This paper has demonstrated that a re-configurable low-cost and low-power consumption OFDM wireless node is possible using general-purpose processors. Our findings indicate that pilot symbols using relatively few sub-carriers is suitable for start of frame detection thus greatly reducing the processing time overhead. The experimental results from an actual implementation also show that a highly optimized software realization of an OFDM transceiver is capable of meeting real- time operation objectives. The ADC/DAC rates effectively set the possible channel bandwidth so for reliable wideband OFDM signal reception and generation, it is vital to attain very high rate devices. Pass-band sampling demands extremely high ADC rates hence the need to convert the intercepted signal to a lower intermediate frequency but the ADC/DAC rates must have a sufficient rate to reliably sample/output the entire OFDM channel bandwidth. The next stage of this work is to combine a flexible architecture OFDM transmitter capable of being dynamically modified based on channel information from the receiver to maximize channel capacity usage and minimize power consumption. Further work is also being carried out on optimized waveform generation techniques and the incorporation of modulation scheme recognition techniques into the OFDM system with the aim of developing an adaptive modulation system.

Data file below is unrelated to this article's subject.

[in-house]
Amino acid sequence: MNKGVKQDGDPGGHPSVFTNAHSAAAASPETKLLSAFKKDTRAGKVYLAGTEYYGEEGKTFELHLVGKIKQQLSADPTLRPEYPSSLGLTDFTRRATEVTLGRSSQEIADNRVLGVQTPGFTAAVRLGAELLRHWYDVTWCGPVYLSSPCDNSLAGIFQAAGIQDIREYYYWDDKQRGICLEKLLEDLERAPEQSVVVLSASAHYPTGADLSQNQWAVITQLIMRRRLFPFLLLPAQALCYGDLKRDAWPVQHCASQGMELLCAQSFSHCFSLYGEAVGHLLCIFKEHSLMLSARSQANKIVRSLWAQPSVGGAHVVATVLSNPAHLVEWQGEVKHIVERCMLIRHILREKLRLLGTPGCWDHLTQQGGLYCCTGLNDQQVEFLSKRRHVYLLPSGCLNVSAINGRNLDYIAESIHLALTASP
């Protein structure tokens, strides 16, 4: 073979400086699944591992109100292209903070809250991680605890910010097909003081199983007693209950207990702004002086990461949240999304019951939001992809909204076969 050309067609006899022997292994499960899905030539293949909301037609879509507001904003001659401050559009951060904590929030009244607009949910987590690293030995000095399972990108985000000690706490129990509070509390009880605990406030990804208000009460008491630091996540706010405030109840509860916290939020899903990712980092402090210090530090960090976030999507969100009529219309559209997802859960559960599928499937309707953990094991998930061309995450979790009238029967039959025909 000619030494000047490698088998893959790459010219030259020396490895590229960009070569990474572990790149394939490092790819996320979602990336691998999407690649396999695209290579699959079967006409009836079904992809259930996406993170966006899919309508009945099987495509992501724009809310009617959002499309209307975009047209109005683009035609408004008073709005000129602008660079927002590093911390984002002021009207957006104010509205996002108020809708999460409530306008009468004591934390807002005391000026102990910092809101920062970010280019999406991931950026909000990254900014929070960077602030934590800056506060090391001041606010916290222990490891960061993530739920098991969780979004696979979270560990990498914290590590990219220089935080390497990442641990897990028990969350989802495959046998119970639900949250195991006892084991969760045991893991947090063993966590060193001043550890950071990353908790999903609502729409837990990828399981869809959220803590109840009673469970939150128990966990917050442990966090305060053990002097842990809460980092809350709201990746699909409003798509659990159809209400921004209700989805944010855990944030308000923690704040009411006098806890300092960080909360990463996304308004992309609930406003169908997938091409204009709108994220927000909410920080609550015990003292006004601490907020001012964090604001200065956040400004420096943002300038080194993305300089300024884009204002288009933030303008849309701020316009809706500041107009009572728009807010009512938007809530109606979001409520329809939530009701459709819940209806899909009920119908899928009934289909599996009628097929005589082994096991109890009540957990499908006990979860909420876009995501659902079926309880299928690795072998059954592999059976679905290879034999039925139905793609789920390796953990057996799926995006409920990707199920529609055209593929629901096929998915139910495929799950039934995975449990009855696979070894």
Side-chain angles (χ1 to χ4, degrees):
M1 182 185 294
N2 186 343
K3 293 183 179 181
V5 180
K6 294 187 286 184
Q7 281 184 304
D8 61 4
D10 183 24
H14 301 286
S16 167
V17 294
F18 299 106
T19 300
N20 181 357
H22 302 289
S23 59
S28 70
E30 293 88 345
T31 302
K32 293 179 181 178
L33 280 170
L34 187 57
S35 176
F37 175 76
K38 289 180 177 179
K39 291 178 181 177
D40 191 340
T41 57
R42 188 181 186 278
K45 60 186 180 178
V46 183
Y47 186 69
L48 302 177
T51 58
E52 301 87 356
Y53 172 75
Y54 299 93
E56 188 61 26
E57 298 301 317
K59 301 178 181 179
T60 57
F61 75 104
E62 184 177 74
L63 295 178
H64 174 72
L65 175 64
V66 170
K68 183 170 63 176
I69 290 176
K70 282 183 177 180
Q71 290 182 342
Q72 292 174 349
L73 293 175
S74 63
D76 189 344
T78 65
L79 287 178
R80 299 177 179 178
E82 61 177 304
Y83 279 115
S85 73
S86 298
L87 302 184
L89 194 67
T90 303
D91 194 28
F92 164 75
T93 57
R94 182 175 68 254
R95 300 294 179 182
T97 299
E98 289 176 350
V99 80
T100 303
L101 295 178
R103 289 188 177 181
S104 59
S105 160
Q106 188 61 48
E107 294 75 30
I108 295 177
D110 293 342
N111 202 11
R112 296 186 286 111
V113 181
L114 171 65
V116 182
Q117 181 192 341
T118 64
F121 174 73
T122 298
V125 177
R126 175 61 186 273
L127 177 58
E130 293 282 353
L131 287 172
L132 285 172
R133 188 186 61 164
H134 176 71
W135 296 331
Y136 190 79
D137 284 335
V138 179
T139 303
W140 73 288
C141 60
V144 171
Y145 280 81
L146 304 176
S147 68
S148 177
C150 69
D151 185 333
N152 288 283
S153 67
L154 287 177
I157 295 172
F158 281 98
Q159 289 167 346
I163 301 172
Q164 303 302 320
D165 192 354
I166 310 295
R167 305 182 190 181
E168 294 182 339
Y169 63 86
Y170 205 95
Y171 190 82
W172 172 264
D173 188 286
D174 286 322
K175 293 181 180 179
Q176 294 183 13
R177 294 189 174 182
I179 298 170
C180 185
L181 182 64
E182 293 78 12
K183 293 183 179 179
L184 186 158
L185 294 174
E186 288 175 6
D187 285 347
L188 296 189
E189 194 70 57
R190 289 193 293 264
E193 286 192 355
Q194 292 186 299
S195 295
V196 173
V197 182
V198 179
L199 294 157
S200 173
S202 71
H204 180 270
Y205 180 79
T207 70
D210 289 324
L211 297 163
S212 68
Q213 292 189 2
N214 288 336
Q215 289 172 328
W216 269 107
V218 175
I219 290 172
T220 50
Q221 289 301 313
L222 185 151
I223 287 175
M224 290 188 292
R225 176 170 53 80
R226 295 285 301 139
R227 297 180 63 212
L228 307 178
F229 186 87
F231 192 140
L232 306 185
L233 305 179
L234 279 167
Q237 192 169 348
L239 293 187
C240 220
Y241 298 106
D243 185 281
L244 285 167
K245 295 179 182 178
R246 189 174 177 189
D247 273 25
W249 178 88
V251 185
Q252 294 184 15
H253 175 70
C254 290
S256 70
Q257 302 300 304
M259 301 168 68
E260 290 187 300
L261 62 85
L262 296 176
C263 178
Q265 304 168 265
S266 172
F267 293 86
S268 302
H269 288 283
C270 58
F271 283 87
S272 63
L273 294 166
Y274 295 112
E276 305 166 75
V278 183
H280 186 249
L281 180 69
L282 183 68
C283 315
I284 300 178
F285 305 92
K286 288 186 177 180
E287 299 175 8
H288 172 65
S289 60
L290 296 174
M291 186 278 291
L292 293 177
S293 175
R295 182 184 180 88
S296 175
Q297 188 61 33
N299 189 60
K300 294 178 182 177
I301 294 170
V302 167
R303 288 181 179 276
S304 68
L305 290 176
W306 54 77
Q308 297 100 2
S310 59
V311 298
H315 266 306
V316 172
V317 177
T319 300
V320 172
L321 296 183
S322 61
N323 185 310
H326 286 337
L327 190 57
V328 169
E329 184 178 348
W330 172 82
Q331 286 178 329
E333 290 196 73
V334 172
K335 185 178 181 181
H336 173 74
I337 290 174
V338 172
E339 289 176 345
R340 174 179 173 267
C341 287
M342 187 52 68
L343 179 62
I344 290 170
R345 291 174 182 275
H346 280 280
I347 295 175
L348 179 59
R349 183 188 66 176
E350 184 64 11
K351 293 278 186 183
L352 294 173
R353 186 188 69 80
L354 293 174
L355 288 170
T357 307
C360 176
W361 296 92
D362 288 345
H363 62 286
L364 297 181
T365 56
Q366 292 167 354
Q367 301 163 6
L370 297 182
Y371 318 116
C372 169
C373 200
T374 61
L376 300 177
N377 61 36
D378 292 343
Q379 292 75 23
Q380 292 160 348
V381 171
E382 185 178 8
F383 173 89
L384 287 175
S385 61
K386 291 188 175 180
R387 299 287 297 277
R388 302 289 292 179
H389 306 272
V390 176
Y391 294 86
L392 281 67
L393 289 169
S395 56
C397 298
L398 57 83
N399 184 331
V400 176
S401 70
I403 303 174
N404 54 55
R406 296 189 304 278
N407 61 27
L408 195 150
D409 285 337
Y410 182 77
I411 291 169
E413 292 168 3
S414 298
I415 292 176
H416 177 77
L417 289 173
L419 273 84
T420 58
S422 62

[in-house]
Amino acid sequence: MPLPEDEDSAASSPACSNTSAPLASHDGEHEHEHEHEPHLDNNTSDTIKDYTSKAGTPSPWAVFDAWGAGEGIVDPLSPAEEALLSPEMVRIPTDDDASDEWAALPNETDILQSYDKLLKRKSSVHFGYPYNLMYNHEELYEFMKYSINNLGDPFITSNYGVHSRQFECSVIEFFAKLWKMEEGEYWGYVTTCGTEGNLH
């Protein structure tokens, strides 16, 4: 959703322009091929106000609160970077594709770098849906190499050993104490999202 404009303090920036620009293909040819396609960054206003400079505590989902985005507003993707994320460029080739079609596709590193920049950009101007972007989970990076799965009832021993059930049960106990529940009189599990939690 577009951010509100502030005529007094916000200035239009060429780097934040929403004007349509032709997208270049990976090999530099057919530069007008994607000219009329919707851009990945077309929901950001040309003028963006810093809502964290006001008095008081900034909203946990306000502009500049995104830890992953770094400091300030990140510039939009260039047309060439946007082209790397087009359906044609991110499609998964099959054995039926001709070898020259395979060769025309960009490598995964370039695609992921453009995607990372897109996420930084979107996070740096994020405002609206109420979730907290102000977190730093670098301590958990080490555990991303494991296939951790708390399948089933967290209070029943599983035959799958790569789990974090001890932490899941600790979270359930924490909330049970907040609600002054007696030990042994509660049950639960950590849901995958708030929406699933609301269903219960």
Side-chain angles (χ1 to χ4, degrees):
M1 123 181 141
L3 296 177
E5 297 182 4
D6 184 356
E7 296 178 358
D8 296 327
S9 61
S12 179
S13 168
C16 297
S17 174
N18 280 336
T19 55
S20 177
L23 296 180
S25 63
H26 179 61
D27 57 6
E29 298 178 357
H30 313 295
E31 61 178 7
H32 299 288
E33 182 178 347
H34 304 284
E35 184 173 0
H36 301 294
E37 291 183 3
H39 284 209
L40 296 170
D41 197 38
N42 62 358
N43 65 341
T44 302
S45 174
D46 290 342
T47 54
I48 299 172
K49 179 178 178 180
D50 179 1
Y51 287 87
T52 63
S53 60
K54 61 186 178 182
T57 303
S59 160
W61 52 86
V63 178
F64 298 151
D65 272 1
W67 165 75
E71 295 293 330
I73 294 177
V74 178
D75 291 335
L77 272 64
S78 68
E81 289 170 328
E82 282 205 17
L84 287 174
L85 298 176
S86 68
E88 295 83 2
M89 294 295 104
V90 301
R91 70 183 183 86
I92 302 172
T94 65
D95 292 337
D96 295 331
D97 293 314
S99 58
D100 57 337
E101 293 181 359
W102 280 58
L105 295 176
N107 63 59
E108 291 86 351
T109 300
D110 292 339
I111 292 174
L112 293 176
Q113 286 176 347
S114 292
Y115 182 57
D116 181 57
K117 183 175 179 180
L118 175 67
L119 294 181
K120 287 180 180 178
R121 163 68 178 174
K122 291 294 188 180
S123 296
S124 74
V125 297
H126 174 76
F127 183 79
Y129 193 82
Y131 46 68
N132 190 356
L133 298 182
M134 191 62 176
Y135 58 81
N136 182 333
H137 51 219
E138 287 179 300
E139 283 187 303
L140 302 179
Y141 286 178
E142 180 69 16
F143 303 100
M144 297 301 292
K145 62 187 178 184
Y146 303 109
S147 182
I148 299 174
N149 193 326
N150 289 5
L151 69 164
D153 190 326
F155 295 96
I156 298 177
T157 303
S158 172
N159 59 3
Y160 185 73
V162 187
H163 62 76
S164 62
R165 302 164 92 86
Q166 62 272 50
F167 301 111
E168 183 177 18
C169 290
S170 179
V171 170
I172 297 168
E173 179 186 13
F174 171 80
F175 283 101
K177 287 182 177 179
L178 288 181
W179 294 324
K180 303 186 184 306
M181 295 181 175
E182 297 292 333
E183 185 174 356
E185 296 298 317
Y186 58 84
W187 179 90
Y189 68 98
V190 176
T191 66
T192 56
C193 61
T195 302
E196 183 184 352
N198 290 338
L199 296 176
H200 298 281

Next, vehicular networks have to depend on some type of communication mechanism to exchange information. Moreover, while adopting the means of communication for vehicular networks features such as the ability to adapt to rapidly changing environments should be considered. Since, the communication in wireless systems is carried out by radio technology, it is considered more suitable for dynamic environments due to the lack of physical connections  . With that knowledge, Federal Communications Commission (FCC) dedicated IEEE 802.11p Wireless Access in Vehicular Environment (WAVE) standard for vehicular communications. IEEE 802.11 p standard is shown in the Figure 1.3 comprises of 7 channels with equal bandwidth of 10 MHz. In the Figure 1.3, the channel 178 located between 5885 GHz and 5895 GHz is regarded as the control channel. The channels 172 and 184 are allocated for life safety and public safety applications while, the remaining channels are used as service channels  .